Composer Lou Harrison, who died in February at age 85, was sometimes called the Santa Claus of contemporary music. He certainly looked the part, with a big belly and a white mustache and beard. The nickname was apt for other reasons as well: He was a joyous and generous man, and all his life he carried a big bag of toys.
That’s what he called his many interests and pursuits. “From the start,” he often said, “I spread my toys out on a large acreage.” Indeed, in addition to musical composition, he also excelled at painting, poetry and calligraphy, as well as instrument construction and typographical design.
Harrison’s “toys” also included the remarkable breadth of styles in which he composed. Following in the footsteps of his mentor and friend Henry Cowell, he integrated the sounds of Asia and the Middle East into his compositions.
A former student of the great rationalist Arnold Schoenberg, Harrison borrowed from the 12-tone system at will. With the late John Cage, a lifelong friend, he established percussion music as a genre unto itself. His music foreshadowed minimalism in its use of repetitive rhythmic and melodic patterns. Above all, Harrison’s music is characterized by beauty, which was often a radical notion during the 20th century.
Harrison’s death continues to be mourned throughout the music world, especially by the many people who considered him a close friend, myself included. And his music is becoming ever more a part of the repertoire, as witnessed by a new disc just released on Mode.
The new recording, “Lou Harrison Works 1939-2000,” was largely completed under the composer’s supervision before his death and features a delightful sampling of instrumental and vocal works from throughout his career.
Most welcome on the disc are three excerpts from Harrison’s second opera, “Young Caesar.” The piece dates from 1971, but its history is complicated by the composer’s penchant for revising and re-envisioning his pieces. The recorded arias and a duet were part of an expansion of the work completed in 2000 for a production by the Lincoln Center Festival that was never realized. The opera focuses on a young homosexual love affair between Caesar and Nicomedes. “I want to leave behind an explicitly gay opera,” Lou once told me.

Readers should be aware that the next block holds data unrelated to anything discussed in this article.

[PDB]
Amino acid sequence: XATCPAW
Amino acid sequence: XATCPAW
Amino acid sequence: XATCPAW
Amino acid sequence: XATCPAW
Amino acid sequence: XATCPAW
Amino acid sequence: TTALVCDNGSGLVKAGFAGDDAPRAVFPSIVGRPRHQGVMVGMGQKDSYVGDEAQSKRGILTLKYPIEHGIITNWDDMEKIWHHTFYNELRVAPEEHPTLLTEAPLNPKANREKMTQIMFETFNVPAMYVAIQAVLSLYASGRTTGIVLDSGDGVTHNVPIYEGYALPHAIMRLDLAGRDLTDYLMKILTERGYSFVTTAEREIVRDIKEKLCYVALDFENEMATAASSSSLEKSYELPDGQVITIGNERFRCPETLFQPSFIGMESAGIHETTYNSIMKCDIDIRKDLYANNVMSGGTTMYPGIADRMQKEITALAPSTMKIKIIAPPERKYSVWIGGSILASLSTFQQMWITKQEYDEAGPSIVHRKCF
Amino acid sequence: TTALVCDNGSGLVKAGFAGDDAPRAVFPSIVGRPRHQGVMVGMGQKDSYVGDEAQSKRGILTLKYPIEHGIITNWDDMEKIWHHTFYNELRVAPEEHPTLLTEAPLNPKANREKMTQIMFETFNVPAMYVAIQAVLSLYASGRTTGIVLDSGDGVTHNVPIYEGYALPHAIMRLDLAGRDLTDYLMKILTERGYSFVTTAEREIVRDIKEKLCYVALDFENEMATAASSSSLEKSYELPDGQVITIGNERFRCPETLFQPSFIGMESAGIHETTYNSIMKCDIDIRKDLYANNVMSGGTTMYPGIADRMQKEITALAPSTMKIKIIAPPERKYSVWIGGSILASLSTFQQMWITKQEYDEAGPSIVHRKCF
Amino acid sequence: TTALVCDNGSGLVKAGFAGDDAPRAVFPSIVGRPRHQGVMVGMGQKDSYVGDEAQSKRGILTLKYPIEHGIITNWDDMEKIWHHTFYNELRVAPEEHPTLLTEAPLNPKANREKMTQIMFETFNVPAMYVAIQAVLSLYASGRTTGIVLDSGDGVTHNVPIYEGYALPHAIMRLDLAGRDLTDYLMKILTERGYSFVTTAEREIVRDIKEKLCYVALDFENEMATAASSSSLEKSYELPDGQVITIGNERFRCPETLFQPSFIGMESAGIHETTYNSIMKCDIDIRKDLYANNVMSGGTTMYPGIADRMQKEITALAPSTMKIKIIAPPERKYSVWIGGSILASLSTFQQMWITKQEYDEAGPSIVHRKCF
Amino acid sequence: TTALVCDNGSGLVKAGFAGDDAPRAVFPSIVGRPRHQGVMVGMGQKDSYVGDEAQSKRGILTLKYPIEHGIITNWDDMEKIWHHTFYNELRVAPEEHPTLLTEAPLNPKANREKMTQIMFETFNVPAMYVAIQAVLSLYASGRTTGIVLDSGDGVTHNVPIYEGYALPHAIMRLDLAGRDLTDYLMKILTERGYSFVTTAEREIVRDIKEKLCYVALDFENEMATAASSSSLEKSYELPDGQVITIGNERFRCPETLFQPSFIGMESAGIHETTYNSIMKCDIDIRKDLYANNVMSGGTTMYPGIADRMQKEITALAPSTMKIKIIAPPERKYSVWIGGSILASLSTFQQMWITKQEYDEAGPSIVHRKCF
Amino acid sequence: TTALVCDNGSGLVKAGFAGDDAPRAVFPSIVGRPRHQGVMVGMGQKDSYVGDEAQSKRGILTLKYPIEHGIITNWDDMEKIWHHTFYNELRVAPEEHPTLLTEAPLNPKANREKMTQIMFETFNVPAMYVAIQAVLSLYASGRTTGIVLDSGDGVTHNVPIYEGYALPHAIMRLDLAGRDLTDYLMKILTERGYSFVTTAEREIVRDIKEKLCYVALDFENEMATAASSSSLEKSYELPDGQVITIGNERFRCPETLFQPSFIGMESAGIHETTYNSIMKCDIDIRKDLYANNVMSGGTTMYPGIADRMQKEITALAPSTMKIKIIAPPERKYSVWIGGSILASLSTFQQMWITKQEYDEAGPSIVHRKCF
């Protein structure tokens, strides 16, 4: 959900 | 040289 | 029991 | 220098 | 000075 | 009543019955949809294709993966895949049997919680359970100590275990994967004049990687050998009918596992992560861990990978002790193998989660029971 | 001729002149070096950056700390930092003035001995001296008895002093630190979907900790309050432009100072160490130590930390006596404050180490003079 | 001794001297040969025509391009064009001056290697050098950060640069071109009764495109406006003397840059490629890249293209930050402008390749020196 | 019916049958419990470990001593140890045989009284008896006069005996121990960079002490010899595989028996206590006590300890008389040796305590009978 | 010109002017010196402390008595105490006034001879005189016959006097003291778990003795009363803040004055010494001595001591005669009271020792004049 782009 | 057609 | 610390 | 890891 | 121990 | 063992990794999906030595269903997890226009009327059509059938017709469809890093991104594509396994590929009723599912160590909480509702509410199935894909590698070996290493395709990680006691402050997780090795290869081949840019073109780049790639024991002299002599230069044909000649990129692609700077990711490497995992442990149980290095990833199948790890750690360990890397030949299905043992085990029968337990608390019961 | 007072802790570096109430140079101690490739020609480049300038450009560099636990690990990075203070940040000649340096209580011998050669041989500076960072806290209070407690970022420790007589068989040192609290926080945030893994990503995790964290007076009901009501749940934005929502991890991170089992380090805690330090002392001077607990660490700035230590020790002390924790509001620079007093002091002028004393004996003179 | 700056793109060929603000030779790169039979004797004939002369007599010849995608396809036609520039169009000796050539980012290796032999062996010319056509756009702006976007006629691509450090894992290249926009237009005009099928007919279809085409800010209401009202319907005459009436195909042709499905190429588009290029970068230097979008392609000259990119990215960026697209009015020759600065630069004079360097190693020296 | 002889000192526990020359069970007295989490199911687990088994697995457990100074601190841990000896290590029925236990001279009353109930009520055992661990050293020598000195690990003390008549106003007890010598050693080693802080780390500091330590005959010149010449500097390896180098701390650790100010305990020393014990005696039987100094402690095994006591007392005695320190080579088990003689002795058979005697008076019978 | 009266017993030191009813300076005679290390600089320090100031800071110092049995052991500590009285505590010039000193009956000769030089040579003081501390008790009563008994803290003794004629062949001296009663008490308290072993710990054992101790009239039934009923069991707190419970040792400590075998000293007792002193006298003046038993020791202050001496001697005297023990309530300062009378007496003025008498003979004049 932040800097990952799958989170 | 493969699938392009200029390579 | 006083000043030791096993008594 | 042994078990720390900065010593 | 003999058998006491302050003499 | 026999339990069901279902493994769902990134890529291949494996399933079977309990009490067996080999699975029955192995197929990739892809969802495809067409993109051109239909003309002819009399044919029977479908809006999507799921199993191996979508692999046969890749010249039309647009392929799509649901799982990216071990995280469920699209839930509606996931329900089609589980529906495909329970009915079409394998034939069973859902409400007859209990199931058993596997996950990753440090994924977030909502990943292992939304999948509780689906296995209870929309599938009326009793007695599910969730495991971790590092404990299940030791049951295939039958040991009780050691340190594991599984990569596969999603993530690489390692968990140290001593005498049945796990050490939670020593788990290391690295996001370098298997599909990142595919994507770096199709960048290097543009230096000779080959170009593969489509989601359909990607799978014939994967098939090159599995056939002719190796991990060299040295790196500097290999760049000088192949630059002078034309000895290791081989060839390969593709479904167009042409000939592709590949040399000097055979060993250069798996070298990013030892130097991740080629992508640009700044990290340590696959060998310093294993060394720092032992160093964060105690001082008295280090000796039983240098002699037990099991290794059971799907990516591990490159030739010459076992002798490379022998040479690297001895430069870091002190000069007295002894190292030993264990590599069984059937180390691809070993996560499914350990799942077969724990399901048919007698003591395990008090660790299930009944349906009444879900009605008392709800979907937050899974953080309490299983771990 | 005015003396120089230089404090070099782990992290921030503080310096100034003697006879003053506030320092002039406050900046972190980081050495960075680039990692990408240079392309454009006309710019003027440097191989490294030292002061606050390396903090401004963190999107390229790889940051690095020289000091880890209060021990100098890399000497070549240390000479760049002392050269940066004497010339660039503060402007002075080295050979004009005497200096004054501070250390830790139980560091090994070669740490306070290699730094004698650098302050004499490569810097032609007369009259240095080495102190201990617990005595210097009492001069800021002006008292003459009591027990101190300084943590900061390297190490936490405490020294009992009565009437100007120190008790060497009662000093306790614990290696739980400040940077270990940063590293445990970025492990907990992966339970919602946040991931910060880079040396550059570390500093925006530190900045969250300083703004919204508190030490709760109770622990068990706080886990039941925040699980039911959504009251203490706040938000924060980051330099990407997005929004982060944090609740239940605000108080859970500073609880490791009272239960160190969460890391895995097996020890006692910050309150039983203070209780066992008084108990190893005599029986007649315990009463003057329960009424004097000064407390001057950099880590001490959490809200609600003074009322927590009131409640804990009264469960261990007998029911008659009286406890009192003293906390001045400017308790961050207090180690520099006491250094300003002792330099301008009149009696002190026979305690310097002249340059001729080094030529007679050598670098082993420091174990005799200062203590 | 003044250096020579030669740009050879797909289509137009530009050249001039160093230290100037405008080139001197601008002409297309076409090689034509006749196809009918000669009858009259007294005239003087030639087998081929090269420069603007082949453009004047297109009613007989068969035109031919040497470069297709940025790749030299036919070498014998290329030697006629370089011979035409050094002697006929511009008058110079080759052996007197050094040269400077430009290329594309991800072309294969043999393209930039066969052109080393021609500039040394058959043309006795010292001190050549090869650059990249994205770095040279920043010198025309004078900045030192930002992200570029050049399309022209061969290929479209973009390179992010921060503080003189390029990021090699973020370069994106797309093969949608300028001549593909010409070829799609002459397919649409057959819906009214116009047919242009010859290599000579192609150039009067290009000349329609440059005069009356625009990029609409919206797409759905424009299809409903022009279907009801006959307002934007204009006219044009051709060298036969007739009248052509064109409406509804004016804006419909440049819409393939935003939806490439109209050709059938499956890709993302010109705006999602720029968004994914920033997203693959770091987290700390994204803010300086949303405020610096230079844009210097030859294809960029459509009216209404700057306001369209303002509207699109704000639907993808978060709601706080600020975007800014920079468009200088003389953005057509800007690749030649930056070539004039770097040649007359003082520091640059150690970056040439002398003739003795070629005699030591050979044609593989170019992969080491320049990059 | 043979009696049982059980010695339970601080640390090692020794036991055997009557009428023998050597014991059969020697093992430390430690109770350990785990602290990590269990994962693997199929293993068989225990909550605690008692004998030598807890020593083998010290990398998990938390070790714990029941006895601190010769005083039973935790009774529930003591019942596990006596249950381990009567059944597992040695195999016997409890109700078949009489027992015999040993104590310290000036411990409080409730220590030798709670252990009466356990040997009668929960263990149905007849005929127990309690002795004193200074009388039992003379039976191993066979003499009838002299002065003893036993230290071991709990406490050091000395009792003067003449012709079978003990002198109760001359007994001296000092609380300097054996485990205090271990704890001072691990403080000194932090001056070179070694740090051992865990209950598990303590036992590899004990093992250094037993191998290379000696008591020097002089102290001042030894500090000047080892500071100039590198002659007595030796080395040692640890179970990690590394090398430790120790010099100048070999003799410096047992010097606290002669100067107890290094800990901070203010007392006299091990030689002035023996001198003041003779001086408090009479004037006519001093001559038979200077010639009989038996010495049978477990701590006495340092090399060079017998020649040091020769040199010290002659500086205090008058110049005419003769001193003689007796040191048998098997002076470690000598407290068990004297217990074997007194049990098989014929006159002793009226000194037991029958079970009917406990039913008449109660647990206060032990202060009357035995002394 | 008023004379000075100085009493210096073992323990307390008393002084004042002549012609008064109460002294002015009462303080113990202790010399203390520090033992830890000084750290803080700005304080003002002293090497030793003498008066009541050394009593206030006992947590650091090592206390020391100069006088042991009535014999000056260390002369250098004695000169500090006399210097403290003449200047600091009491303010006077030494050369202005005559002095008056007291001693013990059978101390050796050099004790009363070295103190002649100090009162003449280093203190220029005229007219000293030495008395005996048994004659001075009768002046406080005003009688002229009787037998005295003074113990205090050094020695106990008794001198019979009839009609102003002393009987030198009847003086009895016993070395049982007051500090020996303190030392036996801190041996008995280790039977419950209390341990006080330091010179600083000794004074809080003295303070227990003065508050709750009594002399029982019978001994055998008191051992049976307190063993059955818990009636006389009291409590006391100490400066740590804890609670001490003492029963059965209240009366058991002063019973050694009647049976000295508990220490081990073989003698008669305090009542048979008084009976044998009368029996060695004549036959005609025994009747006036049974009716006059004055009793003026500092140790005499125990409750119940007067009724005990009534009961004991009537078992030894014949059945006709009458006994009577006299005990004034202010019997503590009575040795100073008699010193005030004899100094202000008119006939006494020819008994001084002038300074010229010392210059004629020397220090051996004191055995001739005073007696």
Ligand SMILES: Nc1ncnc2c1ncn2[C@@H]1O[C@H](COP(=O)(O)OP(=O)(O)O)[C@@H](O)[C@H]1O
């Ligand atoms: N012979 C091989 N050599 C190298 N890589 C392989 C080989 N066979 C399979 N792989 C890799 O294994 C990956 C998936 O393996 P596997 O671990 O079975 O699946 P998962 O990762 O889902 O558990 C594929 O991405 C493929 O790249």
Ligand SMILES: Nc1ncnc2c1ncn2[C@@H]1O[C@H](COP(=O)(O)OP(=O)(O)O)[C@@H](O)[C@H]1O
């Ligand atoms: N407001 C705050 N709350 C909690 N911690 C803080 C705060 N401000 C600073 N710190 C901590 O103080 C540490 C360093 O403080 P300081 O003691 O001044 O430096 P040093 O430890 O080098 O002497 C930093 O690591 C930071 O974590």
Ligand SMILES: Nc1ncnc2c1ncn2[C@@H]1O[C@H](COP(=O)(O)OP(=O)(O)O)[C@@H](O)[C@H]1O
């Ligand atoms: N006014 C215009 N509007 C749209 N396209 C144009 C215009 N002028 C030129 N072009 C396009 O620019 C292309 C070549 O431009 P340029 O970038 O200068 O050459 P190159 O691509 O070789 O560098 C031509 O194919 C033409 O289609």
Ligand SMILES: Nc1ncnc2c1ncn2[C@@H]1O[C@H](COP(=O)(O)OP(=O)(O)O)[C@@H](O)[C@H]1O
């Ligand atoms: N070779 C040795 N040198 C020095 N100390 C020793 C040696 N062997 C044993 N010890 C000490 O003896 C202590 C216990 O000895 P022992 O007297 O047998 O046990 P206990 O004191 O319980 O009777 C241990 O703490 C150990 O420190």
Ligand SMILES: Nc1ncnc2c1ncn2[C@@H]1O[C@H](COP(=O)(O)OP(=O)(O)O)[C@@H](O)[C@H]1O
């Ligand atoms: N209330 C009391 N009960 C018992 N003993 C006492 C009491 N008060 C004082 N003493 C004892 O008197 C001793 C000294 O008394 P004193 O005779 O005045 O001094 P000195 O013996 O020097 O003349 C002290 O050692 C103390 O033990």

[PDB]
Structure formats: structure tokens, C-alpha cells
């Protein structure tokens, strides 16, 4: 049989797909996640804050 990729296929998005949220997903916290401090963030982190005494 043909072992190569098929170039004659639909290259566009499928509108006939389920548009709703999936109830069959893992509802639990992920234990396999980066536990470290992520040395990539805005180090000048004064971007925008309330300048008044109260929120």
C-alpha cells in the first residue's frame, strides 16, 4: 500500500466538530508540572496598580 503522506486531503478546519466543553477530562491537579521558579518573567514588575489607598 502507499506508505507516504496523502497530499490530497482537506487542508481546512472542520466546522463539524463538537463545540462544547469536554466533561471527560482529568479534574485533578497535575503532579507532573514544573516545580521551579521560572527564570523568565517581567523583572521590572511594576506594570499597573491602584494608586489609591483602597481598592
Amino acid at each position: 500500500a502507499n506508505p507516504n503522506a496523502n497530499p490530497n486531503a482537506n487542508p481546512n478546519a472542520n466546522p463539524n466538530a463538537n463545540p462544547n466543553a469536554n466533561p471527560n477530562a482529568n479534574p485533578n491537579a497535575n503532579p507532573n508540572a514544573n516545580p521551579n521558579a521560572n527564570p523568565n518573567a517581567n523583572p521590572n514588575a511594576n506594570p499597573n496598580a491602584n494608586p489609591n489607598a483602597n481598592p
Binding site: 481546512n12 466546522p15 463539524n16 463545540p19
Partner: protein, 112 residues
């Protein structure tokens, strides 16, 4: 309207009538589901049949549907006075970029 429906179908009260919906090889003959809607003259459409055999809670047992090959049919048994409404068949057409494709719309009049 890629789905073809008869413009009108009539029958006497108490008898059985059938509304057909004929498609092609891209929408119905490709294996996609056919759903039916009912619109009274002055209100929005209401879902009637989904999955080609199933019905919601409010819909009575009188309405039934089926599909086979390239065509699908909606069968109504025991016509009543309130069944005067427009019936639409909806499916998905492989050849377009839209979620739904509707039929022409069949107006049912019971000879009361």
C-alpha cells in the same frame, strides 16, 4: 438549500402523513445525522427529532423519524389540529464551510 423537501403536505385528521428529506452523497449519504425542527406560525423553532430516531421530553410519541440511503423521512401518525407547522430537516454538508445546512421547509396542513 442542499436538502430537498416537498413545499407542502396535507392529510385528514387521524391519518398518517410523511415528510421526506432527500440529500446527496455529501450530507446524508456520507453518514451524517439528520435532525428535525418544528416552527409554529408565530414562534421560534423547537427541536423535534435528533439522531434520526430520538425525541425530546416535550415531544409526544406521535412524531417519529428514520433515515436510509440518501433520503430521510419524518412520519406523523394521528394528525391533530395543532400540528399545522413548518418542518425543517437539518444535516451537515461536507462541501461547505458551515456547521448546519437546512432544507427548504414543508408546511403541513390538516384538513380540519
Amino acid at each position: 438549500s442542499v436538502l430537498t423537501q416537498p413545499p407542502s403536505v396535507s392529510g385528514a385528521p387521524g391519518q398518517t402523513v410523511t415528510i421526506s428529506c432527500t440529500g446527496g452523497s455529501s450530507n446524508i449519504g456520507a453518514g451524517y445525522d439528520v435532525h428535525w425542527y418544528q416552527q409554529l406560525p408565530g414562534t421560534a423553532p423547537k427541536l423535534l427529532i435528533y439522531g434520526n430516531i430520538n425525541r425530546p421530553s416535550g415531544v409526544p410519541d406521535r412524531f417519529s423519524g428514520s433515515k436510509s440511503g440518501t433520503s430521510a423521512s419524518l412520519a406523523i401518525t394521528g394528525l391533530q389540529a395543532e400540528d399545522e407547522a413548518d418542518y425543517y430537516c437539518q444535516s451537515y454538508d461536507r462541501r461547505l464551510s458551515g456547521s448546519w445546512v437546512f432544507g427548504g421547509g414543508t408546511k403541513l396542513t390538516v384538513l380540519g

Lou himself was openly gay throughout his long life and maintained a 33-year relationship with William Colvig, who died in March 2000. The pair lived in Aptos, Calif., a few hours south of San Francisco, in a house that overlooked the ocean, which they built in the 1950s when the region was sparsely populated. By the time I visited them, in the mid-1990s, it looked more like suburbia.
The center of the household was the large music studio, known as the Ives Room, named after the great iconoclast composer Charles Ives, whose music Lou did so much to champion and who, in turn, helped support Lou in his early years.
The spacious but crowded Ives Room had a full gamelan (an elaborate set of Asian percussion instruments) plus a harpsichord, an aging stereo system and a large library on many subjects. There was also the grand piano, where Lou composed.
One night, after the old gentlemen had gone to bed, I slipped into the Ives Room, pulled out a score, and sat at Lou’s piano. I quietly picked my way through the easiest Harrison piano piece I could find, “New York Waltzes.”
Lou had lived in New York City for 10 years as a young man, working as a stringer for Virgil Thomson at the Herald Tribune. It had been a difficult time because the noise and frenetic pace disagreed with him. But in his piece named for the big city there were genial tunes and playful rhythms. Lou just wasn’t the type to hold grudges.
Originally published in the Times Union, April 20, 2003.
Also available in Artists & Activists: Making Culture in New York’s Capital Region.